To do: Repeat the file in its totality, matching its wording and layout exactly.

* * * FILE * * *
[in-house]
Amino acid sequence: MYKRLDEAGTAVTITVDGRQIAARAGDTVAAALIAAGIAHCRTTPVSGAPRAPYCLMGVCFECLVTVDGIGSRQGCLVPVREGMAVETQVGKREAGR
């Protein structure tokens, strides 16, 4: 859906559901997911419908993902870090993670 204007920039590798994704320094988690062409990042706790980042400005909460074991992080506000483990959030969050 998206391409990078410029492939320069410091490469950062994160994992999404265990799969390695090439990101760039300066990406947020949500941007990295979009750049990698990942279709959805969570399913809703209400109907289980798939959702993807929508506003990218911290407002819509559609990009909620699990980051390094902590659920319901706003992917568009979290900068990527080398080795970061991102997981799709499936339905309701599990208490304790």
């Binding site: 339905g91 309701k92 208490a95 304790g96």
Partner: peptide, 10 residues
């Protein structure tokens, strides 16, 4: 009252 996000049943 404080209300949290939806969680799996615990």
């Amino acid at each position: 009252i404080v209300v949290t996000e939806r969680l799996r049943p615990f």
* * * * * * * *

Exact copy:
[in-house]
Amino acid sequence: MYKRLDEAGTAVTITVDGRQIAARAGDTVAAALIAAGIAHCRTTPVSGAPRAPYCLMGVCFECLVTVDGIGSRQGCLVPVREGMAVETQVGKREAGR
């Protein structure tokens, strides 16, 4: 859906559901997911419908993902870090993670 204007920039590798994704320094988690062409990042706790980042400005909460074991992080506000483990959030969050 998206391409990078410029492939320069410091490469950062994160994992999404265990799969390695090439990101760039300066990406947020949500941007990295979009750049990698990942279709959805969570399913809703209400109907289980798939959702993807929508506003990218911290407002819509559609990009909620699990980051390094902590659920319901706003992917568009979290900068990527080398080795970061991102997981799709499936339905309701599990208490304790």
């Binding site: 339905g91 309701k92 208490a95 304790g96």
Partner: peptide, 10 residues
């Protein structure tokens, strides 16, 4: 009252 996000049943 404080209300949290939806969680799996615990």
């Amino acid at each position: 009252i404080v209300v949290t996000e939806r969680l799996r049943p615990f």